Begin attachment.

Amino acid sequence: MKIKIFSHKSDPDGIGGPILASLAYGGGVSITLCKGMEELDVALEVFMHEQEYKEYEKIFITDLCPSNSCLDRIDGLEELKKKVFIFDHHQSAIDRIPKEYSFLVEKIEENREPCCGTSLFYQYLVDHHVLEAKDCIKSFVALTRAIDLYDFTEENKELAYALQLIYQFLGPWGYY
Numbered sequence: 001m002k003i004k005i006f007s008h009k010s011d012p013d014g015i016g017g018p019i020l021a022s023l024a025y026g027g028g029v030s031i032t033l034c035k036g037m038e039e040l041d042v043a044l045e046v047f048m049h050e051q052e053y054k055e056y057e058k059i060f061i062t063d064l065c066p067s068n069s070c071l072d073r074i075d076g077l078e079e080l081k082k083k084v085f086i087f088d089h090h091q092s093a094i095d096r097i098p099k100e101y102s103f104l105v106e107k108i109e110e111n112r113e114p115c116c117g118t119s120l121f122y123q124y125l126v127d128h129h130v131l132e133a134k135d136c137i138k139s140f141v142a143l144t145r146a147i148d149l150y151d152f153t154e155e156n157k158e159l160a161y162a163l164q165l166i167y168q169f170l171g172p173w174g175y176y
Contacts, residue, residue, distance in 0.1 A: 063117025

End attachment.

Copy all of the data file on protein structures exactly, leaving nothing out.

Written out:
Amino acid sequence: MKIKIFSHKSDPDGIGGPILASLAYGGGVSITLCKGMEELDVALEVFMHEQEYKEYEKIFITDLCPSNSCLDRIDGLEELKKKVFIFDHHQSAIDRIPKEYSFLVEKIEENREPCCGTSLFYQYLVDHHVLEAKDCIKSFVALTRAIDLYDFTEENKELAYALQLIYQFLGPWGYY
Numbered sequence: 001m002k003i004k005i006f007s008h009k010s011d012p013d014g015i016g017g018p019i020l021a022s023l024a025y026g027g028g029v030s031i032t033l034c035k036g037m038e039e040l041d042v043a044l045e046v047f048m049h050e051q052e053y054k055e056y057e058k059i060f061i062t063d064l065c066p067s068n069s070c071l072d073r074i075d076g077l078e079e080l081k082k083k084v085f086i087f088d089h090h091q092s093a094i095d096r097i098p099k100e101y102s103f104l105v106e107k108i109e110e111n112r113e114p115c116c117g118t119s120l121f122y123q124y125l126v127d128h129h130v131l132e133a134k135d136c137i138k139s140f141v142a143l144t145r146a147i148d149l150y151d152f153t154e155e156n157k158e159l160a161y162a163l164q165l166i167y168q169f170l171g172p173w174g175y176y
Contacts, residue, residue, distance in 0.1 A: 063117025